Next note There's a minor variation here on the standard blues formula in the way that the chord progression of the last four measures of the twelve-bar pattern is played as IV -» V -» I instead of V -» IV -» I. This is actually much easier to hear on the Beatles' version than the original, though I believe they both play it the same way.
  Next note Formalistically, each twelve-bar section is internally sub-divided so that the first eight measures provide verse-like exposition, and the final four measures deliver a refrain-like hook. Note how the text of the hook/refrain itself is varied from section to section. Also, note the subtle way in which formal plan here contrasts from of that of "Money" below.
  Next note The lyric is wordy to an extreme bordering on the "talkin' blues" style, and is quite wryly irreverent. Seen in this perspective, Chuck's performance scans the words against the beat more freely than does George, in a way that anticipates the style of Dylan in some respects.
  Next note The original features a drumming style that is less splashy than the Beatles' cover while the Beatles double track the lead vocal and add their hand-claps to the rhythm track. But these are small details and otherwise, the Beatles just about rip the whole thing off from Chuck right down to the opening riff and "middle twelve" break.
 
 
alan w. pollack's
notes on ...

Notes on "You Really Got A Hold On Me"

Notes on ... Series #42d (COVERS2d)
  by Alan W. Pollack
Previous
 
        Key: A Major
      Meter: 4/4
       Form: Intro | Verse | Refrain | Verse | Refrain |
                   | Closing | Bridge / Re-Intro | Verse |
                   | Refrain | Closing | Refrain |
                   | Outro (complete ending)
         CD: "With The Beatles", Track 10 (Parlophone CDP7 46436-2)
   Composer: William Robinson
Influential
    version: (Smokey Robinson and) The Miracles (1962)
   Recorded: 18th July, 17th October 1963, Abbey Road 2
 UK-release: 22nd November 1963 (LP "With The Beatles")
 US-release: 10th April 1964 (LP "The Beatles' Second Album")
 
  Next note There's an unusually complex form at play in this song; note, that I define my terms used above as follows:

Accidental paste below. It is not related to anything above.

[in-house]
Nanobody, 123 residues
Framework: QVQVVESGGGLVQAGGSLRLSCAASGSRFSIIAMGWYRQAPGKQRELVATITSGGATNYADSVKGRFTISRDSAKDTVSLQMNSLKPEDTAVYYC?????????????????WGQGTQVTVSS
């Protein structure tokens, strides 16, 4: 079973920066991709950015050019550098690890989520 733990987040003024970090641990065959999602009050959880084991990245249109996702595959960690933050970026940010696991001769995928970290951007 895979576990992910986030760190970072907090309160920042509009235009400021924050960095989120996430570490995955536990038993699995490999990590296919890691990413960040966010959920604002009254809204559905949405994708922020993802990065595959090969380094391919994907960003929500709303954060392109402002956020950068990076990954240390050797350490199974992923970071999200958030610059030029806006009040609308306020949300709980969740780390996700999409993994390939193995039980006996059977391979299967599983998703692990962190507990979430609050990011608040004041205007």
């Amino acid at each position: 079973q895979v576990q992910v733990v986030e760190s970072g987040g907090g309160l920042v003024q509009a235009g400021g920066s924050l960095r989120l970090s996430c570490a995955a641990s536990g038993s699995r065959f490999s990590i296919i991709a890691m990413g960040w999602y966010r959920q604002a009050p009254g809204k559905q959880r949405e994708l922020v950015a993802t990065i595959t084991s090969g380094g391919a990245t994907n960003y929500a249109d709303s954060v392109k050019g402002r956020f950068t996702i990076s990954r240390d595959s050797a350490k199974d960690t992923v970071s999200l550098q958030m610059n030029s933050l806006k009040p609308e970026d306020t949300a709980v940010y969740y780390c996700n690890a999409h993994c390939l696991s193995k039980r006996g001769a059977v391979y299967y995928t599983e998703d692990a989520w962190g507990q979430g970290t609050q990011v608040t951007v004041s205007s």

• Verse — "I don't like you ..."
  • Refrain — "You really got a hold on me ..."
  • Closing — "I love you and all I want you do ..."
  • Bridge / Re-Intro — instrumental followed by "Tighter!"
  Next note The vocal arrangement is equally complex with the relationship between the lead and backers frequently alternating between trio, solo, and some antiphonal singing.
  Next note Harmonically, the song features an emphasis on the I -» vi progression that is rather Beatles-like in an coincidentally ironic way.
  Next note Smokey does it in the higher key of C with (just like Chuck) a different scanning of the words. The original arrangement also features saxes and notably, a fade-out ending. John has the good sense here to sing it single tracked, but while his performance has an obvious intensely raw sincerity to it, Smokey's own smoothness is rather hard to beat.
 
 
alan w. pollack's
notes on ...

Notes on "Devil In Her Heart"

Notes on ... Series #42e (COVERS2e)
  by Alan W. Pollack
Previous
 
        Key: G Major
      Meter: 4/4
                    -------- 3X -----
       Form: Intro | Refrain / Verse | Refrain |
                   | Outro (complete ending)
         CD: "With The Beatles", Track 12 (Parlophone CDP7 46436-2)
   Composer: Richard B. Drapkin
Influential
    version: The Donays (1962)
   Recorded: 18th July 1963, Abbey Road 2
 UK-release: 22nd November 1963 (LP "With The Beatles")
 US-release: 10th April 1964 (LP "The Beatles' Second Album")
 
  Next note The lyrics and arrangement of this song present an argument between the backers who warn the lead of his lover's cruel dishonesty, and the lead who point-by-point protests their sad prophecies as false and refuses to be swayed by their counsel; it's a regular little Greek Chorus Drama in miniature.
  Next note The form of the song though is surprisingly flat in spite of the dramatic scenario, with a mechanical succession of refrain and verse pairs. Defining my terms again: